Tim, Ty, Joe and Jon Everett work together as a family on their Shelby County corn and soybean operation.

Five generations strong

By Matt Reese

Several years ago an unusual, foreign looking mail crate showed up at Jon Everett’s Shelby County home. He wasn’t sure what to make of it at first. 

“I said, ‘What the heck is this?’”

A package like this obviously seemed a bit suspicious, unsettling even. Jon was pretty sure, though, it had something to do with his son, Joe, who was travelling the world in the Navy at the time. As it turned out, Jon was correct.

“I was in Dubai, Bahrain, Singapore, and other places. While I was in the Navy we would get off the ship every 30 to 45 days to decompress. We could go out in the cities and experience their culture,” Joe said. “I was the ship’s sailor of the year and earned extra liberty time, so I went on a desert safari and thought, ‘This guy from Ohio is never going to get the chance to ride a camel,’ so I did. I got to ride a camel. Then I saw a camel saddle for sale and bought one just to remember my tour and had it shipped to my Dad’s house.” 

The camel saddle now resides in Joe’s home as a fond reminder.

“My wife doesn’t really like it,” Joe said. “But it is a reminder of my time in the Navy. I enjoyed the teamwork and meeting people — people who come from all walks of life. You learn that we are all in this together. Sometimes you can lose sight of that here. People from every background become like your family. I became closer with them than my high school friends because we did everything together. I still talk to some of these guys a couple times a month.”

Joe’s time in the Navy provided skills that translate well to working on the farm.

In what was a bold move for a young man from a thriving farm operation in prime Ohio corn and soybean country, Joe decided to go into the Navy right out of high school.

“I just wanted to serve my country. I went in for 6 years,” Joe said. “I was an electronics technician on aircraft carriers. I did not intend to stay in the Navy for a long time, but I really enjoyed my time, and I loved my job. After you have grown up on a farm, the military is not as hard as you’d think. There was a lot expected of you in the Navy, but if you played high school sports and worked on a farm, the physical part was not too bad. The mental part and being away from my family, and the farm was harder. I had moved up a few ranks quickly, so people were wondering why I would want to leave the Navy, but I was planning on getting married and I did not want that life for my family. I wanted this life on the farm. So I came back here in 2017.”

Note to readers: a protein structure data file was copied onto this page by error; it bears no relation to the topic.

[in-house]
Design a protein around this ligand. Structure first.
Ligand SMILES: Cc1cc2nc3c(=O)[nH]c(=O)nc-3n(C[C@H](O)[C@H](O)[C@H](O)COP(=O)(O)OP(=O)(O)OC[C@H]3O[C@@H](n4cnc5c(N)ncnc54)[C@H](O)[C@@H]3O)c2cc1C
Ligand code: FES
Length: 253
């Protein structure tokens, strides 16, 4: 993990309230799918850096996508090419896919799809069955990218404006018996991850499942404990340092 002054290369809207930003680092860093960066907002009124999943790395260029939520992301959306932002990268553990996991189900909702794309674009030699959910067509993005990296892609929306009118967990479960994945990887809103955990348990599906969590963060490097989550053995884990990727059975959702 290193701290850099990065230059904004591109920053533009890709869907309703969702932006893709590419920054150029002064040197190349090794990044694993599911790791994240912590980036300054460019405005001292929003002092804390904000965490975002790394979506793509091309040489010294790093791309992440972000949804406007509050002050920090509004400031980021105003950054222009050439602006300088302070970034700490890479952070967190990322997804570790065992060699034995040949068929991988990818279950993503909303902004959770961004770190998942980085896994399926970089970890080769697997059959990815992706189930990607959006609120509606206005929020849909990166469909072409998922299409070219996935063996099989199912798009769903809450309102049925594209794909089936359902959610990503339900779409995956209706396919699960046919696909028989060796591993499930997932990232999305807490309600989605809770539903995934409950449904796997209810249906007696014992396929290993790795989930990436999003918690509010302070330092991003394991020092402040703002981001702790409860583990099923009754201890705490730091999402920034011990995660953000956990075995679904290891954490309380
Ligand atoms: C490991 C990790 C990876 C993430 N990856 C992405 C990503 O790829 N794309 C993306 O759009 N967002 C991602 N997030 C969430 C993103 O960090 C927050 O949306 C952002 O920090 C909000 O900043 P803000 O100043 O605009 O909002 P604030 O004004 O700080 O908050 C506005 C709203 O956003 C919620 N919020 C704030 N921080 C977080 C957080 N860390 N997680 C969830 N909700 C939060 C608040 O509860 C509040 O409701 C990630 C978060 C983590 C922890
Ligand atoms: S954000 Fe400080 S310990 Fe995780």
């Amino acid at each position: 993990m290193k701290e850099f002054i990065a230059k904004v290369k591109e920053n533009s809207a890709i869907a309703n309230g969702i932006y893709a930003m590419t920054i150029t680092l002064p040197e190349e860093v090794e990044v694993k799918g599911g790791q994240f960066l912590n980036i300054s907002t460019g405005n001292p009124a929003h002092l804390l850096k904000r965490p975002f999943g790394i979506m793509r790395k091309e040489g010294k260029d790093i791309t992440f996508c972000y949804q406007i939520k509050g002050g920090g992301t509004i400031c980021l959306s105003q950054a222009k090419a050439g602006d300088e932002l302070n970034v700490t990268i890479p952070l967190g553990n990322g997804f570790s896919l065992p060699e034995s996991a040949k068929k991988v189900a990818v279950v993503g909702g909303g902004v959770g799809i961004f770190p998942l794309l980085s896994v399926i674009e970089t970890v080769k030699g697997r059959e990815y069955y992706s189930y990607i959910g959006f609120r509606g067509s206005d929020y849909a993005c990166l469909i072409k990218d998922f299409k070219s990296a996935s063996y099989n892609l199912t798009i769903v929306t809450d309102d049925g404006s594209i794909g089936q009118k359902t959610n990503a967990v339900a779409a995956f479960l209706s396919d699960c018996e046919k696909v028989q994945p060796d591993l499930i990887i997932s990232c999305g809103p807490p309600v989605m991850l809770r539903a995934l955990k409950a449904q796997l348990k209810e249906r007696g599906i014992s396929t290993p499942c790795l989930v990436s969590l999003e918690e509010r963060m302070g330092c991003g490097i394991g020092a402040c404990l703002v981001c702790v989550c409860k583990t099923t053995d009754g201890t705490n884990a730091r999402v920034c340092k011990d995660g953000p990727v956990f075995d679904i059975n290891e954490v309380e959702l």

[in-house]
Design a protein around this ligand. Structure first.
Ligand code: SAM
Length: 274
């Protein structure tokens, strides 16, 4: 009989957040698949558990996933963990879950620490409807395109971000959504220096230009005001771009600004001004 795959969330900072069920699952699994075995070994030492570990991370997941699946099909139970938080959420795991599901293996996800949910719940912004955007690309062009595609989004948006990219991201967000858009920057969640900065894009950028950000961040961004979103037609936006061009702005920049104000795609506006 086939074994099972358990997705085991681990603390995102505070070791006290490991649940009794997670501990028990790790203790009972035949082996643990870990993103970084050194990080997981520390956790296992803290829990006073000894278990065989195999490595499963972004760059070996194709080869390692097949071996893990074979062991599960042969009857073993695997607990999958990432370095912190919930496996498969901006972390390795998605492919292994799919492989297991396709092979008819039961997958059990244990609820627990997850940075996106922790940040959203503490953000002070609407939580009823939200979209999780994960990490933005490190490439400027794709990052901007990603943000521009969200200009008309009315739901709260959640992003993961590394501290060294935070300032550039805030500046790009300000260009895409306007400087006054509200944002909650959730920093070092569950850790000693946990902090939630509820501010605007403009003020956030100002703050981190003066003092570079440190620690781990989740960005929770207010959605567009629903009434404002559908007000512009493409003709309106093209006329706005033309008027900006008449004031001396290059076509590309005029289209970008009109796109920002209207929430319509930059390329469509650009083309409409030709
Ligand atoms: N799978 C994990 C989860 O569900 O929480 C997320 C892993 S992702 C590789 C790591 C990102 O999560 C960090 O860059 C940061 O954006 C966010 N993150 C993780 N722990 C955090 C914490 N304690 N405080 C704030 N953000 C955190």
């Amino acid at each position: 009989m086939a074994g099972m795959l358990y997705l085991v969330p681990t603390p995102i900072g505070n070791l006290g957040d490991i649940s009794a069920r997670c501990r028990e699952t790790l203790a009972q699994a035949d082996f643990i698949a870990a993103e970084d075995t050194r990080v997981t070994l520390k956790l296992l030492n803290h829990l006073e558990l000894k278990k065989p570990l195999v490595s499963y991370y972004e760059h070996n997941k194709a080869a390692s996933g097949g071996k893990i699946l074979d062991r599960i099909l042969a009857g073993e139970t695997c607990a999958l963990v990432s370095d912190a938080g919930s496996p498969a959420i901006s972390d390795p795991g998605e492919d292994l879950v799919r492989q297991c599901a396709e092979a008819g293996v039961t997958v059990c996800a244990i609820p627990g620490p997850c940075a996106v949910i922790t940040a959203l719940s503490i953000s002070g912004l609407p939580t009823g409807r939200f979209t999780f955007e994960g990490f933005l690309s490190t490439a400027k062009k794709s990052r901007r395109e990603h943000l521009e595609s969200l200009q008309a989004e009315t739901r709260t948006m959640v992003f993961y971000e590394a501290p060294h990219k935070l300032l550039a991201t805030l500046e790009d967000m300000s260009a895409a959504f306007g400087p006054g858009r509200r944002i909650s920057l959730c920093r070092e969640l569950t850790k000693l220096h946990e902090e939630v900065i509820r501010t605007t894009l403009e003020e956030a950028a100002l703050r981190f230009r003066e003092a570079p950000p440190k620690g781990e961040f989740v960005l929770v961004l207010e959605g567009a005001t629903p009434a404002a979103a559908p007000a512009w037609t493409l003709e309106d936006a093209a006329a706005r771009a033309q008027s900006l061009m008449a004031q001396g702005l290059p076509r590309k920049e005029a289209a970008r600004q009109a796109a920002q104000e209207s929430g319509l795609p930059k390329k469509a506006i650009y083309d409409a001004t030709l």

The camel saddle was not the only positive thing he brought back to the farm from his time in the Navy. Experiences on the farm put Joe in a good place for the Navy and experiences in the Navy allowed Joe to bring value back to the farm.

“Now I basically do all of the electrical work here. I converted the shop over to LED and the Navy helped me to be able to take over some things Dad had been doing,” Joe said. “Being in the Navy, it teaches you to take charge of things here on the farm. I also like being a leader in the community, like being in Farm Bureau. I am the current Shelby County president. I have served on the policy committee and am involved with Young Ag Professionals. I am also on the Pioneer Rural Electric Cooperative County Board as the secretary. And I’m not hesitant to go up and work on our grain leg, either, because I learned about safety harnesses on the ship and how to properly tie off.” 

After his time in the Navy, Joe was ready to be back home, and his family was pleased too.

“We were glad. Our operation grew right around when he came back,” Jon said. “We wouldn’t be farming what we are now, I can tell you that. Before the boys came on there were times we were not sure how we could get it done some years.”

Joe and Jon farm with Jon’s brother, Tim, and his son (Joe’s cousin) Ty. After high school, Ty went to work at Cargill in Sidney and also gained valuable insights and experiences for when he came back to the farm full time 10 years ago. 

“His knowledge from Cargill has been a great asset to our farm.” Jon said.  

“We wanted the boys to go work somewhere else to learn, but also so they can appreciate coming back,” Tim said. 

Now the Everetts farm around 4,000 acres, most of it within about a 7-mile radius of the home farm. The number of farms around them has consolidated significantly in recent decades, but the tight-knit farming community in the area has kept the ground in agricultural production.

“Its definitely changed a lot since I grew up. As the years go by there are less farmers in our area,” Jon said. 

“Around here there are not many new houses either. No one sells,” Joe said. “My wife and I had trouble finding a house to buy around here. We found out this house was for sale — or we knew it was for sale because the owners were building a new house. We went to look at it. My wife liked it well enough but asked if we could look at something else and I told her there was not really anything else to look at. There are not many houses for sale around here and almost no one builds new houses.”